Making a Pointe: Les Ballets Trockadero de Monte Carlo Returns to Zellerbach Hall

by Philip Mayard

Bay Area Reporter

Tuesday January 25, 2022

Although he's only 33 years old, dancer Joshua Thake's life journey has brought him from a self-described "low-key suburban childhood" in rural Massachusetts to some of the world's most revered stages, as a member of Les Ballets Trockadero de Monte Carlo, the celebrated all-male drag ballet troupe.

Having started dance classes at age five, Thake spent the next 15 years preparing for a career in dance, including his final years of training at San Francisco Ballet School. Not surprisingly, making ends meet in one of the most expensive cities in the world was challenging for a young ballet student.

"I was working at Starbucks 35 hours a week and on Sundays I worked at Calvary Presbyterian's child care program, looking after 20 rambunctious two-year-olds," said Thake. "I don't think I could do that anymore. Back then it was fun, but it was really hard work. And I was doing this while taking a full load of ballet classes."

When he moved to the city, he lived at the SF Ballet's Jackson House, a large Victorian home near the Presidio, where the company's older ballet students were housed at that time. He said, "It was a lot of fun if you didn't mind living with 20 young people all sharing one small kitchen. I'd bring back leftover pastries from Starbucks. I remember unwinding in the living room late at night and hearing the ballerinas scurrying down the stairs like little mice to get their pastries."

When he finished his training at SF Ballet School, he says there were no job prospects for him with the company.

"I met with the director of the trainee program and he said, 'If Béjart (the famed French choreographer who ran Béjart Ballet Lausanne) were still alive he would hire you, he loved string beans.' They were looking for linebacker, big muscle types, and I did not fit that mold."



Gogo-ing Strong
But Thake loved living in San Francisco and thought his lean body might be suitable for other kinds of performance.

"Ballet wasn't working, so I started go go dancing at Q Bar and working other jobs, just trying to make a living," Thake said. "Then I did my first drag performance at the Cinch Saloon on Polk Street. I did 'Mein Heir' from "Cabaret," and I guess people liked that I could lift my leg above my head! After that, I started booking gigs at other clubs."

Thake found himself embraced by the city's sisterhood of drag.

"The first queen who looked out for me was Honey Mahogany (San Francisco's first-ever contestant on "RuPaul's Drag Race")," Thake recalled. "She and Peaches Christ sponsored me to do a one-woman show. I lip-synched the entire Judy Garland Carnegie Hall concert. It was the very last performance at Supperclub in SoMa. I did the Desperate Divas pageant that Donna Sachet emceed. I was living in an SRO on Hayes Street, so I'd walk over to do the Saturday night drag shows at Marlena's. San Francisco's drag community is incredible."

Thake's ballet training and his knack for campy drag came together before he became a part of the world-famous Trockaderos, when he auditioned for a smaller company that used men on pointe.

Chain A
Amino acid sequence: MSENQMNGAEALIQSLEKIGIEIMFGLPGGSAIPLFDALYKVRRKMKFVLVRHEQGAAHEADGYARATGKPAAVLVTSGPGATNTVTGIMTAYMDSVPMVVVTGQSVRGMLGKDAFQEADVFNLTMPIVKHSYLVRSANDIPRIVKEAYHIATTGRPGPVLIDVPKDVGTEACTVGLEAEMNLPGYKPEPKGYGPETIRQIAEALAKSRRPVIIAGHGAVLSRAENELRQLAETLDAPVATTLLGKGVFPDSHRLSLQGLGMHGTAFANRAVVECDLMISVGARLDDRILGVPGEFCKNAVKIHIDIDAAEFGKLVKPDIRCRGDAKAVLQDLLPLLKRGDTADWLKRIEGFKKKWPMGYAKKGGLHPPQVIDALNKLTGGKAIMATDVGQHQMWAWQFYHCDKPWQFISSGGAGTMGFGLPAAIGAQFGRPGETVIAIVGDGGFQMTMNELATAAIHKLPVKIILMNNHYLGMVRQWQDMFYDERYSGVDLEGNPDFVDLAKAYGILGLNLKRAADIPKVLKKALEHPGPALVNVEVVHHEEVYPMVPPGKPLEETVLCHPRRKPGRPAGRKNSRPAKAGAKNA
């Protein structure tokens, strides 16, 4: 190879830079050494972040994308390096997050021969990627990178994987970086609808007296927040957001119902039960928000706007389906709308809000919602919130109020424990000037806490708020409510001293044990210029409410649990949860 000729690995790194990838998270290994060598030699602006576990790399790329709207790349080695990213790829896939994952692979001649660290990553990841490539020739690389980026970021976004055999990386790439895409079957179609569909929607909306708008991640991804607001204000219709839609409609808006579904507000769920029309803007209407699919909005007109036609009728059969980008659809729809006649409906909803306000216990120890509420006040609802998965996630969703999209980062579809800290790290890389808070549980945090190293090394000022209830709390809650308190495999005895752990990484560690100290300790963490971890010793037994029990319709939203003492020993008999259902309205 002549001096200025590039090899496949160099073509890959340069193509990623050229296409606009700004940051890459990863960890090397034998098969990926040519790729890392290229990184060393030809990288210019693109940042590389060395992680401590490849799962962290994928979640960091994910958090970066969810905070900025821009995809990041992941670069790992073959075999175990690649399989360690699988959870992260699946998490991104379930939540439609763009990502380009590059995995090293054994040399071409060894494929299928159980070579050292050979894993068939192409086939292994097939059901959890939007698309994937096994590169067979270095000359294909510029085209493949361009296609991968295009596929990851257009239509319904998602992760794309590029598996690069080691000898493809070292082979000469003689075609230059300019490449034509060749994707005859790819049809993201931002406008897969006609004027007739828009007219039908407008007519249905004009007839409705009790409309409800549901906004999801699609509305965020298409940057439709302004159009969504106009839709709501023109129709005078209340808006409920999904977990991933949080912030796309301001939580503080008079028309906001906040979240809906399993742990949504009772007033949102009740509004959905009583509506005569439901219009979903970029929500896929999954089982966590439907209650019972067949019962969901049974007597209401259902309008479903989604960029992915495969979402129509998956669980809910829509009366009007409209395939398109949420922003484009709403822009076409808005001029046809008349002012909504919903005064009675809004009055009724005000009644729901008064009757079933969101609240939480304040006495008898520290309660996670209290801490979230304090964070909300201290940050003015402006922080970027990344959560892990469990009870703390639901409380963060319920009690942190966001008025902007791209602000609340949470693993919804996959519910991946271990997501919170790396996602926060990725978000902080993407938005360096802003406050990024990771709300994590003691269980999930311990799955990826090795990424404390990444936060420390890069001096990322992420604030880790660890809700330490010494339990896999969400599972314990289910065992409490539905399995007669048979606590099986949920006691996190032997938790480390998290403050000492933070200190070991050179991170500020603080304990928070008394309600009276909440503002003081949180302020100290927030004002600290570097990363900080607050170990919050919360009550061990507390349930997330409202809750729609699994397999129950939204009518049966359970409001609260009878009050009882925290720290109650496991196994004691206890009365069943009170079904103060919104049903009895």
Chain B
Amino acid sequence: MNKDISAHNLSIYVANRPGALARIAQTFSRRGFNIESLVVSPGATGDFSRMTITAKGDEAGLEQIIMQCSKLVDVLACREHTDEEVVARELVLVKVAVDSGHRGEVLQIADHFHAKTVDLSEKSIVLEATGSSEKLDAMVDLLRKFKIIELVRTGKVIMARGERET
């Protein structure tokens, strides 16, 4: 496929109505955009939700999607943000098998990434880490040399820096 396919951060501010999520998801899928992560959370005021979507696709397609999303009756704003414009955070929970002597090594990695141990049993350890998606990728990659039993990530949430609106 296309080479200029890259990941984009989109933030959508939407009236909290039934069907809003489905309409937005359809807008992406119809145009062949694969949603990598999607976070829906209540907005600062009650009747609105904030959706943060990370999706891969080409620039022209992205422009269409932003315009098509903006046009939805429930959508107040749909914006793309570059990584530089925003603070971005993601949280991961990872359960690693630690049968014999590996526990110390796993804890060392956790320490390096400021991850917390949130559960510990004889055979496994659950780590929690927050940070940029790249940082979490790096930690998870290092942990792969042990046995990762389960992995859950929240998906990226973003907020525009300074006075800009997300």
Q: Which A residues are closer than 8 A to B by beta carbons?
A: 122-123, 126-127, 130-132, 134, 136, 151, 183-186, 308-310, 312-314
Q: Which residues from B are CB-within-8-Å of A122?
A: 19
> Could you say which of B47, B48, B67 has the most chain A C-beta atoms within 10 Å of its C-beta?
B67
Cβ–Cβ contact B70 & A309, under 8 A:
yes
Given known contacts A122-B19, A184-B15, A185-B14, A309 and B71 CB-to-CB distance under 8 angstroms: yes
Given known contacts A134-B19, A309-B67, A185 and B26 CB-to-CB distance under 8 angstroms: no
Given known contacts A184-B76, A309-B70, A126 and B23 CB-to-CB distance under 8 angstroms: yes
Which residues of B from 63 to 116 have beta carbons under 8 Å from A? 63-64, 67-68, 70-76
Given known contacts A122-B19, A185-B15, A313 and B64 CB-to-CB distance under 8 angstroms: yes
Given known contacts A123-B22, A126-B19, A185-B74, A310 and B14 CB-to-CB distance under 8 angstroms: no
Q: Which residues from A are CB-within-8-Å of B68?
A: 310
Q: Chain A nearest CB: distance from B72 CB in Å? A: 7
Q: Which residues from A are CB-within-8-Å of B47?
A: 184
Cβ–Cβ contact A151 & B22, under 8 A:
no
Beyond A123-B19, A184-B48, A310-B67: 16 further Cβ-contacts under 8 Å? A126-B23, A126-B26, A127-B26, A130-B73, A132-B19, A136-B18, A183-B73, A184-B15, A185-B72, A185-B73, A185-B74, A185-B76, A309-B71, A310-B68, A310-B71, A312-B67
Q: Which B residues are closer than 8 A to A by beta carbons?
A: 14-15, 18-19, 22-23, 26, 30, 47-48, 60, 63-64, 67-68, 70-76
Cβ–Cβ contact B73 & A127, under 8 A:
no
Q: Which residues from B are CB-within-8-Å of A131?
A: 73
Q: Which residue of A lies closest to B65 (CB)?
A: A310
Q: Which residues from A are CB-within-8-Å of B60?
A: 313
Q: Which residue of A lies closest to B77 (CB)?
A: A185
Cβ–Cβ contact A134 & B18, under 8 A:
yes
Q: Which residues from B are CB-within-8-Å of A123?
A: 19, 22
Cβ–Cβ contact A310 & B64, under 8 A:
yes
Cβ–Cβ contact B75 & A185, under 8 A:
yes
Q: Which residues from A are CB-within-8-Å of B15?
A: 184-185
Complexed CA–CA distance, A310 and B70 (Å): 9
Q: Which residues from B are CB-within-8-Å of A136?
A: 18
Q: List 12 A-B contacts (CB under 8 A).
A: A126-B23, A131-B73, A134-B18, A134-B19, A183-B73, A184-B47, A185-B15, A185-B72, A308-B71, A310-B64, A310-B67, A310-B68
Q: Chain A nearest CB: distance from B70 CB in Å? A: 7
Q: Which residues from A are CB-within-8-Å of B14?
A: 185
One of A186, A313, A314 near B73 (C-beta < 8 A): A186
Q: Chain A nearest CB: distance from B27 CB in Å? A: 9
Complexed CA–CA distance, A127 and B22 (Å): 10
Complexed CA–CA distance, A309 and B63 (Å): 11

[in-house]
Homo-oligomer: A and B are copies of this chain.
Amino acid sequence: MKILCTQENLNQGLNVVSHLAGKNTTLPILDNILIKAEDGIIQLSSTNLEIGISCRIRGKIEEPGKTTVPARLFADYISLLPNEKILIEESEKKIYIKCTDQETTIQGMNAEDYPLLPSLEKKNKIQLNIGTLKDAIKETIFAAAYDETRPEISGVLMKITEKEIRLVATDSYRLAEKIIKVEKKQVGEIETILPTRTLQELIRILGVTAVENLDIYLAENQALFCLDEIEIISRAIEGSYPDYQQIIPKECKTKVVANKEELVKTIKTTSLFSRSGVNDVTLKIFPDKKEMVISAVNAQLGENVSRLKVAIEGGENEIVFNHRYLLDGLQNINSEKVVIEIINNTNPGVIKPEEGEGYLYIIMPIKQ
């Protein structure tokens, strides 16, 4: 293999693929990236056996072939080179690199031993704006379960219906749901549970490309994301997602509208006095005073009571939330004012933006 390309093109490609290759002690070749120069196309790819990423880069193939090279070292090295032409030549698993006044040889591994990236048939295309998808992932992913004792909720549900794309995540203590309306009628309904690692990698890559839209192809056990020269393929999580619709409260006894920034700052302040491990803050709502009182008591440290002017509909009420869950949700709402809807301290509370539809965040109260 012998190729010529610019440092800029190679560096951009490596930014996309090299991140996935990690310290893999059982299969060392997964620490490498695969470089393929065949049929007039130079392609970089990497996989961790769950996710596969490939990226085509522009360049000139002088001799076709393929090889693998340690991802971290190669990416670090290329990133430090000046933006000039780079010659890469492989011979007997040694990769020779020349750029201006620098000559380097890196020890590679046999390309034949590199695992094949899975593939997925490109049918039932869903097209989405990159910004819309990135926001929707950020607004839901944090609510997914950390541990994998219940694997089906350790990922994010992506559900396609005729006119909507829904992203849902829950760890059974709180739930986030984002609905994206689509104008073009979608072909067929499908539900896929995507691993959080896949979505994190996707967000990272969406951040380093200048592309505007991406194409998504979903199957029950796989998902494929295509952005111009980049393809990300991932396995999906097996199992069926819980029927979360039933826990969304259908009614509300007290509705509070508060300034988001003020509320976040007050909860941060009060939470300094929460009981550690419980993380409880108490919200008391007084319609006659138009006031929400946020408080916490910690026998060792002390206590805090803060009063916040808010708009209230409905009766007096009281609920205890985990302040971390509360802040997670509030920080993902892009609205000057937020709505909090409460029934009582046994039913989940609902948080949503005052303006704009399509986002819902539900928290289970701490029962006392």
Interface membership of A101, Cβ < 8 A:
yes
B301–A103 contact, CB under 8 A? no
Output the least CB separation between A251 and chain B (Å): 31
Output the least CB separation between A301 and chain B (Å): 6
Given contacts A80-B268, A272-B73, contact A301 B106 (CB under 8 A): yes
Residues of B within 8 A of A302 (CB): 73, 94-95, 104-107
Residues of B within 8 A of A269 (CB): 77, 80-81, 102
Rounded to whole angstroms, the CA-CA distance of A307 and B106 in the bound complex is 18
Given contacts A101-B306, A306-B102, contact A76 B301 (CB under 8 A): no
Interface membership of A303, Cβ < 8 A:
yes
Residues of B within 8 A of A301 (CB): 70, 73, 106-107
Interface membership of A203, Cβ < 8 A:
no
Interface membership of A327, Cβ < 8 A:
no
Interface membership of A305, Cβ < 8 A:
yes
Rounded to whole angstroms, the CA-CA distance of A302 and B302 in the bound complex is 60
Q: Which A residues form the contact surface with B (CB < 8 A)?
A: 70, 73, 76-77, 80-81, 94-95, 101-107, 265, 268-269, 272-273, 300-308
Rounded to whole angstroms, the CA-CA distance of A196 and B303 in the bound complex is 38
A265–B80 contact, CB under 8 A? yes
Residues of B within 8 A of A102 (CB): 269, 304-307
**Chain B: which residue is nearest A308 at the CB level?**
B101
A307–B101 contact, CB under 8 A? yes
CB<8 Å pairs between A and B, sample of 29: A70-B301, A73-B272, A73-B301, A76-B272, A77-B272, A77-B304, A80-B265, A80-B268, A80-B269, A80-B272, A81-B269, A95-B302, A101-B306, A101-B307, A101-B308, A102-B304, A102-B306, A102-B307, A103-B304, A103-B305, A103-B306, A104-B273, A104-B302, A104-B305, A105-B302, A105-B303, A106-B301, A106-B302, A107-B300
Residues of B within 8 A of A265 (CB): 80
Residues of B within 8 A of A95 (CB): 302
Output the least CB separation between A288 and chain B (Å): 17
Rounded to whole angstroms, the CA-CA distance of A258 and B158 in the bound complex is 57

"Luckily, it was just me and another person," he said. "I had no formal pointe training and I didn't have any ribbons or elastics to keep the pointe shoes on, so they kept falling off. I made the 'ouch pouch' (typically a carefully constructed bundle of cotton used to pad the toes) out of some old socks. But I guess it went well. I remember the person running the audition saying, 'Let me see a little Liza in that pirouette combination!' I know I was in pain, but when you're 'swimming in the river of denial' you don't really feel anything."



Dance and Drag
After performing with that company for two years, he auditioned for and was offered a contract with the Trockaderos in 2011. He believes that the dance world is evolving.

"Nowadays, it's more common for boys to have pointe training. Schools are starting to see that it accesses a different muscle group and strengthens them in their own technique. For the Trockaderos, it's now almost a prerequisite that they have some pointe training."

Although the Trocks are primarily known for their spoofs of the big "story ballets" — in particular, "Swan Lake" — over the years the company has performed works inspired by choreographers ranging from Balanchine to William Forsythe.

"I think it's important for the Trockaderos to always be a commentary on the ballet world," Thake said. "When the company started in the '70s, audiences would come from the Met Opera House for a midnight performance by the Trocks in a loft in the Village. They came for something that was openly mocking what they just paid a lot of money to see. We are still artists who are actively commenting on the ridiculousness that ballet can be. 'Swan Lake' and 'Paquita' will always be part of our repertoire. But we have to shift gears, venture out and create new things. The ballet world is evolving and so are we."

Thake, whose Trockaderos drag persona is Eugenia Repelskii, is excited to return to the Bay Area, having already performed with the company twice at Berkeley's Zellerbach Hall.

"The audiences in that auditorium are electric," said Thake. "They are ready to party! Everyone goes in with an open mind. Whatever fierceness you want to serve them, whatever synapses are being fired from that stage, it's all accepted by the audience unconditionally. They love you for exactly who you are. It's one of the best feelings an artist can have."


Les Ballets Trockadero de Monte Carlo, Zellerbach Hall, UC Berkeley campus. $35-$104. February 4 and 5. calperformances.org
trockadero.org


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